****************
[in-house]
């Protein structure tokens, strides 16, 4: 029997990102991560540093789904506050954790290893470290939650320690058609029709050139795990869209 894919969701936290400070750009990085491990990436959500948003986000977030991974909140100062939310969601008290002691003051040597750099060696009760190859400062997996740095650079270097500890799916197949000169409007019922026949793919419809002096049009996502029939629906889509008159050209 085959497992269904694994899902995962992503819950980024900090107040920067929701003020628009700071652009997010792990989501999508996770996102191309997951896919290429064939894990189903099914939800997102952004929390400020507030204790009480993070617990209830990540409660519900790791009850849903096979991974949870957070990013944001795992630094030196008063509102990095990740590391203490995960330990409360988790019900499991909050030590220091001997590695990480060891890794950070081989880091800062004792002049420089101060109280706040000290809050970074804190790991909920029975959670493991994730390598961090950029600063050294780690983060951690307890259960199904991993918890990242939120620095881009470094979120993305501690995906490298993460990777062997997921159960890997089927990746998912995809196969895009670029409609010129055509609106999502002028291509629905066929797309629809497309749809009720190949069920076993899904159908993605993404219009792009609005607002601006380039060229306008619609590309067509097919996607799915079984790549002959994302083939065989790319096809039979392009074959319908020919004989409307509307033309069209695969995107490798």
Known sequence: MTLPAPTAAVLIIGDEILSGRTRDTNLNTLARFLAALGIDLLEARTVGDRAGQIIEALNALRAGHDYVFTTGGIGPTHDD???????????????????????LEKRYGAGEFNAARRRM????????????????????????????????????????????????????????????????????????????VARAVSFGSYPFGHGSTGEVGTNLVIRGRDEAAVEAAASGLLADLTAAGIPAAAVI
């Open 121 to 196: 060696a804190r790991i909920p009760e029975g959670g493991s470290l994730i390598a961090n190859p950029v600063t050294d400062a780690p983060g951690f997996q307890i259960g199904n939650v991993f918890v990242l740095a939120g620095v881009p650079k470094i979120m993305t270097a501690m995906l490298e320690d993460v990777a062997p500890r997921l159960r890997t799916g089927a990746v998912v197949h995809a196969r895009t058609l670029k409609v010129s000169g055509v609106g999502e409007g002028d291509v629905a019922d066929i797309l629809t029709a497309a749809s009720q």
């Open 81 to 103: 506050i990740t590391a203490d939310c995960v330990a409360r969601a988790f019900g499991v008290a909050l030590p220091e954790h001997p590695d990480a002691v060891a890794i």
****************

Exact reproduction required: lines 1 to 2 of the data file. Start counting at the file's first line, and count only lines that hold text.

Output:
[in-house]
């Protein structure tokens, strides 16, 4: 029997990102991560540093789904506050954790290893470290939650320690058609029709050139795990869209 894919969701936290400070750009990085491990990436959500948003986000977030991974909140100062939310969601008290002691003051040597750099060696009760190859400062997996740095650079270097500890799916197949000169409007019922026949793919419809002096049009996502029939629906889509008159050209 085959497992269904694994899902995962992503819950980024900090107040920067929701003020628009700071652009997010792990989501999508996770996102191309997951896919290429064939894990189903099914939800997102952004929390400020507030204790009480993070617990209830990540409660519900790791009850849903096979991974949870957070990013944001795992630094030196008063509102990095990740590391203490995960330990409360988790019900499991909050030590220091001997590695990480060891890794950070081989880091800062004792002049420089101060109280706040000290809050970074804190790991909920029975959670493991994730390598961090950029600063050294780690983060951690307890259960199904991993918890990242939120620095881009470094979120993305501690995906490298993460990777062997997921159960890997089927990746998912995809196969895009670029409609010129055509609106999502002028291509629905066929797309629809497309749809009720190949069920076993899904159908993605993404219009792009609005607002601006380039060229306008619609590309067509097919996607799915079984790549002959994302083939065989790319096809039979392009074959319908020919004989409307509307033309069209695969995107490798």